Shy Guy

I was counting the other day, and I've MC'd (or co-MC'd) some 4 weddings to date. That in itself is quite a feat for me, considering the extremely humble public speaking beginnings I had.

There are two probably most major changes that I underwent in terms of speaking publicly.

The first was in grade 7, when each of the students was asked to select a short passage from our reading book and then take the mic and podium and do a reading to the class. Apart from being unfamiliar with the microphone in general, I was rather surprised that I took to it rather well. Of course, it helped that I actually enjoyed reading the passage I picked.

The second was in the summer of that same year, when I enrolled in a public speaking summer school class where the whole course was about how to enunciate, how to handle speaking in front of groups, and how not to lose it when you're doing that. (More precisely, I was enrolled in this class by my father who had wisdom to see this was good for me.)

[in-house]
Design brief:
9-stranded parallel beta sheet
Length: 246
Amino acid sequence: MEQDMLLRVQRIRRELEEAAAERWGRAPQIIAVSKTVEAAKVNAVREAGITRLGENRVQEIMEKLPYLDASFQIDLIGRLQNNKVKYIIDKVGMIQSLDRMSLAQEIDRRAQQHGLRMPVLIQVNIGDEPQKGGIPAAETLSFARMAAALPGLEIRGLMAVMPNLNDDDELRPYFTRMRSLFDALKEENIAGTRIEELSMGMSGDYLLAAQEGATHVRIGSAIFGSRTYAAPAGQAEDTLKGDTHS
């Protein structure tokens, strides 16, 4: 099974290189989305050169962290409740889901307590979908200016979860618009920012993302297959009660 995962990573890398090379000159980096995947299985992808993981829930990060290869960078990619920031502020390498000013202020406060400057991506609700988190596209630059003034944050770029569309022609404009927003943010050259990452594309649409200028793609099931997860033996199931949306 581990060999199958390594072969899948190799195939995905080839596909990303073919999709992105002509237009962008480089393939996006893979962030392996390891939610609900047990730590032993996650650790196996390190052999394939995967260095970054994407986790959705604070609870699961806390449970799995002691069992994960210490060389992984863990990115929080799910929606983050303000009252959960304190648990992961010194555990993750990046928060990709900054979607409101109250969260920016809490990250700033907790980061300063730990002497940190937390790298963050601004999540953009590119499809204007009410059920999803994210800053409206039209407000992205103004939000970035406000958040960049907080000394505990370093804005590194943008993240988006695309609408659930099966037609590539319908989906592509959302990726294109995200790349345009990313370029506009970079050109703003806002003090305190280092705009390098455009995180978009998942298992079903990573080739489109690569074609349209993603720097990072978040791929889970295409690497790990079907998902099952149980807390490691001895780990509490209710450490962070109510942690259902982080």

But this post is about neither of those experiences.
It's about before I was able to speak up in class.
It's about before I would even dare to raise my hand.

There was a time -- very early on in elementary school, like grade 1 or 2 -- where I was so shy, I was afraid of the attention I would get just from raising my hand. I feared those eyes upon me when I raised my fingers towards the ceiling. I feared the teacher judging me for interrupting her lesson. And I was deathly afraid of having all the classmates' attention on me when the teacher would ask what I wanted ...

... and all I wanted was to go to the bathroom.

Added to that, I would be waiting for some kind of lull in her lesson, like a pause where she was going to start a new idea or something. But I guess she was good at what she did, never leaving enough time so that kids would get bored, restless, or otherwise lose their attention span and turn to other things. And all this time, I'd be holding my pee waiting for this fabled golden opportunity to request a bathroom break.

Dammit, there was never a lull. There just never seemed to be a good time where I could raise my hand without interrupting the teacher and suddenly having the spotlight on me.

Those were days I was so fearful, so shy, so low-key, that I would rather have just gone in my pants than to bring that attention onto me.

And some days, I did.

I've come a long ways from then.

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